Effects of a nap on nighttime sleep and waking function in older subjects

J Am Geriatr Soc. 2005 Jan;53(1):48-53. doi: 10.1111/j.1532-5415.2005.53009.x.


Objectives: To examine, in older subjects, the effect on waking function of increasing 24-hour sleep amounts by providing a nap opportunity; to assess what effects an afternoon nap may have on subsequent nighttime sleep quality and composition.

Design: Two-session, within-subject laboratory design.

Setting: The study was conducted in the Laboratory of Human Chronobiology at Weill Cornell Medical College.

Participants: Thirty-two healthy men and women aged 55 to 85.

Measurements: Polysomnography (sleep electroencephalogram), cognitive and psychomotor performance, body core temperature.

Results: Napping had little effect on subsequent nighttime sleep quality or duration, resulting in a significant increase in 24-hour sleep amounts. Such increased sleep resulted in enhanced cognitive and psychomotor performance immediately after the nap and throughout the next day.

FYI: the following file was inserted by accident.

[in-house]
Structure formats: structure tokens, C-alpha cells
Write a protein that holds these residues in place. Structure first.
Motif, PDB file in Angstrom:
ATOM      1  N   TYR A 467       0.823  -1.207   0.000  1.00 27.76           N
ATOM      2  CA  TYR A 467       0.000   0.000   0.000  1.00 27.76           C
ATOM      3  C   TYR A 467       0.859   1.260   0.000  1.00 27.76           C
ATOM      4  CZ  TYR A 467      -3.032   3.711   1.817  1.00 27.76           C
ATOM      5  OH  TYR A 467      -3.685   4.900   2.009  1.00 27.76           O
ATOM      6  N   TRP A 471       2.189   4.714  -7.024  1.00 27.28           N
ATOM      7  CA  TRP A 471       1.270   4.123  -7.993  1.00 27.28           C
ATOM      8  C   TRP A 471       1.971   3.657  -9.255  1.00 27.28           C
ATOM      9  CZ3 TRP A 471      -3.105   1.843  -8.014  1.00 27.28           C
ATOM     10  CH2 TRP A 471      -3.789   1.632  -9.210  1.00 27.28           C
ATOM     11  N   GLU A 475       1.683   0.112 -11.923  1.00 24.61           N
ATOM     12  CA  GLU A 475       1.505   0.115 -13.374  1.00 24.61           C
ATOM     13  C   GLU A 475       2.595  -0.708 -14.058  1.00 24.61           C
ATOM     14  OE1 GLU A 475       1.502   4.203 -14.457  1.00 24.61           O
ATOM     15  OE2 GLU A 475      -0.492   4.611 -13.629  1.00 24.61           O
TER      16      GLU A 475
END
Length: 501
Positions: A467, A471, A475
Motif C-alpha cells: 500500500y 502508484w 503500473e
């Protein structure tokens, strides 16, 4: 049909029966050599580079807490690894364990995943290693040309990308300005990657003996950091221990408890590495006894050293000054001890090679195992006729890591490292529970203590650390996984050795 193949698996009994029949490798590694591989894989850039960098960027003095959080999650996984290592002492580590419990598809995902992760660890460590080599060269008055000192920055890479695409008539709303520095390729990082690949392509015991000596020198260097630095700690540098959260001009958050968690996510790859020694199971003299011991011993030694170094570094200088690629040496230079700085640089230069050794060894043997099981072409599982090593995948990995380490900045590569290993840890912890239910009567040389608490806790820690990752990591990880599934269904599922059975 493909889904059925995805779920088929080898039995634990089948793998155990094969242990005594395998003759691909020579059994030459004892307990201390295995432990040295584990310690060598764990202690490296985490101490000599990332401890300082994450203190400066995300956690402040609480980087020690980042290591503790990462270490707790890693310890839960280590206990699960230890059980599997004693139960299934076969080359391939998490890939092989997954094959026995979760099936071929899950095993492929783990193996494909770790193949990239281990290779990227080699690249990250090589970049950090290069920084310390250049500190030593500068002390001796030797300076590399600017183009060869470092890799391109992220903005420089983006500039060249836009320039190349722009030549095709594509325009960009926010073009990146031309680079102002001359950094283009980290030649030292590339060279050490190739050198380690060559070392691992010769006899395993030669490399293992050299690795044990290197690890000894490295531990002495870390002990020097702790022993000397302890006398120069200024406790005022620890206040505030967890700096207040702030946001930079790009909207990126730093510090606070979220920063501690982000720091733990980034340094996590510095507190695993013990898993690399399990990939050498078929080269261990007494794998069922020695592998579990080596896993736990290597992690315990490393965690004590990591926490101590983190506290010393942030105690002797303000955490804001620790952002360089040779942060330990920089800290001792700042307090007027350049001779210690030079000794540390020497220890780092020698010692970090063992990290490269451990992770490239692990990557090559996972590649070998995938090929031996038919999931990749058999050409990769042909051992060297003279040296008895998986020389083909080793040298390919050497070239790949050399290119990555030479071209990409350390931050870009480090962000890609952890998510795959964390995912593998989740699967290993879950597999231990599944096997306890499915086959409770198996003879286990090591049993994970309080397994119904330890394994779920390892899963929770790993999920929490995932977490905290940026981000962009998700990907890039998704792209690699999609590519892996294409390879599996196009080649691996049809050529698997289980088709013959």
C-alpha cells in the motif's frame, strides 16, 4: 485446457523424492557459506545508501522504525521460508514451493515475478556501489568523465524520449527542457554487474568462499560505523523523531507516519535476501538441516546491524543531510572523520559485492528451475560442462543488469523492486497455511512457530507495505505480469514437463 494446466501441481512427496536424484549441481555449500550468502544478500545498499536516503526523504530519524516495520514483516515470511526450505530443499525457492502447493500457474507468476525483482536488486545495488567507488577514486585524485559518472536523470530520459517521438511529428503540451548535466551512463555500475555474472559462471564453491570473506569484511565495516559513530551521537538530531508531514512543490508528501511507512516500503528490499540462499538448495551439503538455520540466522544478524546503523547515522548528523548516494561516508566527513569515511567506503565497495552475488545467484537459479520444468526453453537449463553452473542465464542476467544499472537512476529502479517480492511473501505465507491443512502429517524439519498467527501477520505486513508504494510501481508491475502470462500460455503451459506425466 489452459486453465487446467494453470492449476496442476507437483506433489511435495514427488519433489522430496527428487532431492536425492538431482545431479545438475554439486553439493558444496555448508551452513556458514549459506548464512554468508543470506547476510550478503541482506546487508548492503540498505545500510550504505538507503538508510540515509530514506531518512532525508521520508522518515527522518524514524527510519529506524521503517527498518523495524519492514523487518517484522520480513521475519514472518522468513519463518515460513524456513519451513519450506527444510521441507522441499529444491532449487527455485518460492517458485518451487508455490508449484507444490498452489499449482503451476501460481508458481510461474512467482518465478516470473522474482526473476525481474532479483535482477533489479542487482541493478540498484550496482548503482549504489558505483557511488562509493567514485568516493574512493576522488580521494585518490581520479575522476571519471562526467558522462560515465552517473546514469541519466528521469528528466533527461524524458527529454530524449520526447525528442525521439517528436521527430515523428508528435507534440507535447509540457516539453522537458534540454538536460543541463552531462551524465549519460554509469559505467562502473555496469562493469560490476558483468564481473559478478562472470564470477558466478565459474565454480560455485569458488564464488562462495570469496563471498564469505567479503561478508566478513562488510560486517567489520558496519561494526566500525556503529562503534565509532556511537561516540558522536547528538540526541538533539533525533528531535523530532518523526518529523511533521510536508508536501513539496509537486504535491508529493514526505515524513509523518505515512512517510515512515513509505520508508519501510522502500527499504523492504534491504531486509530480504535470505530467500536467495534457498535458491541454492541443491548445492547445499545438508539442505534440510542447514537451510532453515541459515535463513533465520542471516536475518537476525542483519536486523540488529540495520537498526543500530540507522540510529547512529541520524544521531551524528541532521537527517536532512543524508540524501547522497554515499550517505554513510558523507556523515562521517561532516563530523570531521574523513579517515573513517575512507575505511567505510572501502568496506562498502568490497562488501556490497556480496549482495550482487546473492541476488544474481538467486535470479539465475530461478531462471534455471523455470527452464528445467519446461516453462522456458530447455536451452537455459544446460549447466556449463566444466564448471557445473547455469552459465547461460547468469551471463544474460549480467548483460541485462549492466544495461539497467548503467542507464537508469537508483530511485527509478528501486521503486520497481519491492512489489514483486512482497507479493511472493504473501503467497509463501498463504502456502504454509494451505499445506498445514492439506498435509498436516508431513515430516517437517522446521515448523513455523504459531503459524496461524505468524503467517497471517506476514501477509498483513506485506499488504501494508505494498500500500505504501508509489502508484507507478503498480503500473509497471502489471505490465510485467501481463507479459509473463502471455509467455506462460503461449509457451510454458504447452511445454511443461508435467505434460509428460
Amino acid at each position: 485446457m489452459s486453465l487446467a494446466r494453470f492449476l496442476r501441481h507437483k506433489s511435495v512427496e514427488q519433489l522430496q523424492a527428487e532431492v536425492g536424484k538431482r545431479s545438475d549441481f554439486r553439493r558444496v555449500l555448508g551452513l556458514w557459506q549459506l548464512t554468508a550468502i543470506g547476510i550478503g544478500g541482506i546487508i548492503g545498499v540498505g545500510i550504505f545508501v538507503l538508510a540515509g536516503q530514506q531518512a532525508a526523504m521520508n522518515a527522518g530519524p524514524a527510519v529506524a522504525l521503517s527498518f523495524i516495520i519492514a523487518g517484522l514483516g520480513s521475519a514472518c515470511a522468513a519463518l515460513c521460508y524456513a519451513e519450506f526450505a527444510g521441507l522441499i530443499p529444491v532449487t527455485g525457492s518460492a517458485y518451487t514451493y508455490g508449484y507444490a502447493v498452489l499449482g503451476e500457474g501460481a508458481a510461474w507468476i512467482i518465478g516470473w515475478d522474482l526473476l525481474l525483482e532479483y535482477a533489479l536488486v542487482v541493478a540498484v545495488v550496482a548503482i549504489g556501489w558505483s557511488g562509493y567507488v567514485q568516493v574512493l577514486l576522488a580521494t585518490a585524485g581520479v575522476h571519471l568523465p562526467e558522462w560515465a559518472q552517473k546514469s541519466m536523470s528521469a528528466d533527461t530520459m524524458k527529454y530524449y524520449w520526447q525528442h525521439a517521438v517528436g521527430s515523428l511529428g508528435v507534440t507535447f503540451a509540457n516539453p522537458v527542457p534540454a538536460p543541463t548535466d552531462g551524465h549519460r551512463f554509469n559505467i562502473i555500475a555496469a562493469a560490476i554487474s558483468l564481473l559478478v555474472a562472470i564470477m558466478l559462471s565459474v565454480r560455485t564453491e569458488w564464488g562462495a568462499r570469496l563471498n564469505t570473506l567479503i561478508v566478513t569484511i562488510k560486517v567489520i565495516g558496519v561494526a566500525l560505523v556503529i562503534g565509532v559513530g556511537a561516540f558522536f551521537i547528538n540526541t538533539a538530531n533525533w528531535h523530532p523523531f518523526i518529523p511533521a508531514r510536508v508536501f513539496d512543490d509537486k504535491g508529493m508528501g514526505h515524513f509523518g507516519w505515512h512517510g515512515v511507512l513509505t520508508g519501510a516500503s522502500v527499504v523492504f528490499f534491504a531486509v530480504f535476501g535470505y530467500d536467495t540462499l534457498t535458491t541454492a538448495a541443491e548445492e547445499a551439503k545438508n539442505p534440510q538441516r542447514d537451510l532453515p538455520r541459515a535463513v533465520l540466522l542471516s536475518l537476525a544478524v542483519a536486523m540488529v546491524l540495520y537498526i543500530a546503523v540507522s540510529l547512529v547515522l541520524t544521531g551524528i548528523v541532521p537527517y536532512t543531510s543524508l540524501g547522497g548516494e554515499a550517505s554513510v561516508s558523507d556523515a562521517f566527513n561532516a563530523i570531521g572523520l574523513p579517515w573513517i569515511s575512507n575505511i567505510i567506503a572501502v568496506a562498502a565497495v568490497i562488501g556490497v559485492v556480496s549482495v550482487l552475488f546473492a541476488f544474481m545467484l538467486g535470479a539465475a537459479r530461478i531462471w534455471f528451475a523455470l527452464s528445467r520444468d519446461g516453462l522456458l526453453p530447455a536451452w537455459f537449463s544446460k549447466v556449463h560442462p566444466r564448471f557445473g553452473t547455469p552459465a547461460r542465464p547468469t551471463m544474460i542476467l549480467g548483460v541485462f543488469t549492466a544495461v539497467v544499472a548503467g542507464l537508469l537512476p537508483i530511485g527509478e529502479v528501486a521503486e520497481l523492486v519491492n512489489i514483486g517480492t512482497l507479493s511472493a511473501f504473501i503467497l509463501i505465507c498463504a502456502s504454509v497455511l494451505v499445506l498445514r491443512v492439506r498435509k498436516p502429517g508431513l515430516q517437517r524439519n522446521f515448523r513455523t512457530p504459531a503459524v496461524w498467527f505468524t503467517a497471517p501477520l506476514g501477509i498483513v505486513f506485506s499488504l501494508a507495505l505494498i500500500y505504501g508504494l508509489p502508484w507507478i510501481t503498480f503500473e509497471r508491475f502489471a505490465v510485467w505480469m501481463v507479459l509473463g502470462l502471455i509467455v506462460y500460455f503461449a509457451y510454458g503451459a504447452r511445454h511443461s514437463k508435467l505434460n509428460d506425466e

Conclusion: A behavioral approach that adds daytime sleep to the 24-hour sleep quota seems worthy of consideration when presented with a situation in which physiological changes associated with aging may limit the duration of nighttime sleep.

Publication types

  • Research Support, U.S. Gov't, P.H.S.

MeSH terms

  • Aged
  • Aged, 80 and over
  • Aging*
  • Body Temperature / physiology
  • Circadian Rhythm*
  • Cognition
  • Female
  • Humans
  • Male
  • Middle Aged
  • Polysomnography
  • Sleep*